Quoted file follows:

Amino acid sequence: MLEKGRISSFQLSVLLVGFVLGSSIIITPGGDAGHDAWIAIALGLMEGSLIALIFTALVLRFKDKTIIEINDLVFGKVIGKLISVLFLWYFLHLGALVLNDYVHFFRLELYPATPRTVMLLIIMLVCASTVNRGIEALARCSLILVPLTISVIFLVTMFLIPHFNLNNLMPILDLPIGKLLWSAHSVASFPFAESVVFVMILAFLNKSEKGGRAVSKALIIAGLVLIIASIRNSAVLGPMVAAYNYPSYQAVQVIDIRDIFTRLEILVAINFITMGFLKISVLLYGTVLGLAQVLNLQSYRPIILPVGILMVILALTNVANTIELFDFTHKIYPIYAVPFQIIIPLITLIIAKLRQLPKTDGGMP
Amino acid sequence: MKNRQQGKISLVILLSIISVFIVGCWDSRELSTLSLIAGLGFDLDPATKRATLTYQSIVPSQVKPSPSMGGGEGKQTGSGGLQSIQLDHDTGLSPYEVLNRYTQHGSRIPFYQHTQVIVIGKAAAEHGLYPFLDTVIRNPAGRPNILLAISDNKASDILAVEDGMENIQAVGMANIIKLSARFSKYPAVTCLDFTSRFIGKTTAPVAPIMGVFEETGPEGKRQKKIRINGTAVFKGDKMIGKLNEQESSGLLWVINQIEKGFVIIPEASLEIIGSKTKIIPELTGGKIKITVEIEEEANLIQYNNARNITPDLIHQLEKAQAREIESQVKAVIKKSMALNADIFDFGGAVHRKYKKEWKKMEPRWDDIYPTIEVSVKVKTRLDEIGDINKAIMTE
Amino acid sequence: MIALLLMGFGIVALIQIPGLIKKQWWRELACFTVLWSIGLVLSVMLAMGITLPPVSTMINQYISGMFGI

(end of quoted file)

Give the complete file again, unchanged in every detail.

Amino acid sequence: MLEKGRISSFQLSVLLVGFVLGSSIIITPGGDAGHDAWIAIALGLMEGSLIALIFTALVLRFKDKTIIEINDLVFGKVIGKLISVLFLWYFLHLGALVLNDYVHFFRLELYPATPRTVMLLIIMLVCASTVNRGIEALARCSLILVPLTISVIFLVTMFLIPHFNLNNLMPILDLPIGKLLWSAHSVASFPFAESVVFVMILAFLNKSEKGGRAVSKALIIAGLVLIIASIRNSAVLGPMVAAYNYPSYQAVQVIDIRDIFTRLEILVAINFITMGFLKISVLLYGTVLGLAQVLNLQSYRPIILPVGILMVILALTNVANTIELFDFTHKIYPIYAVPFQIIIPLITLIIAKLRQLPKTDGGMP
Amino acid sequence: MKNRQQGKISLVILLSIISVFIVGCWDSRELSTLSLIAGLGFDLDPATKRATLTYQSIVPSQVKPSPSMGGGEGKQTGSGGLQSIQLDHDTGLSPYEVLNRYTQHGSRIPFYQHTQVIVIGKAAAEHGLYPFLDTVIRNPAGRPNILLAISDNKASDILAVEDGMENIQAVGMANIIKLSARFSKYPAVTCLDFTSRFIGKTTAPVAPIMGVFEETGPEGKRQKKIRINGTAVFKGDKMIGKLNEQESSGLLWVINQIEKGFVIIPEASLEIIGSKTKIIPELTGGKIKITVEIEEEANLIQYNNARNITPDLIHQLEKAQAREIESQVKAVIKKSMALNADIFDFGGAVHRKYKKEWKKMEPRWDDIYPTIEVSVKVKTRLDEIGDINKAIMTE
Amino acid sequence: MIALLLMGFGIVALIQIPGLIKKQWWRELACFTVLWSIGLVLSVMLAMGITLPPVSTMINQYISGMFGI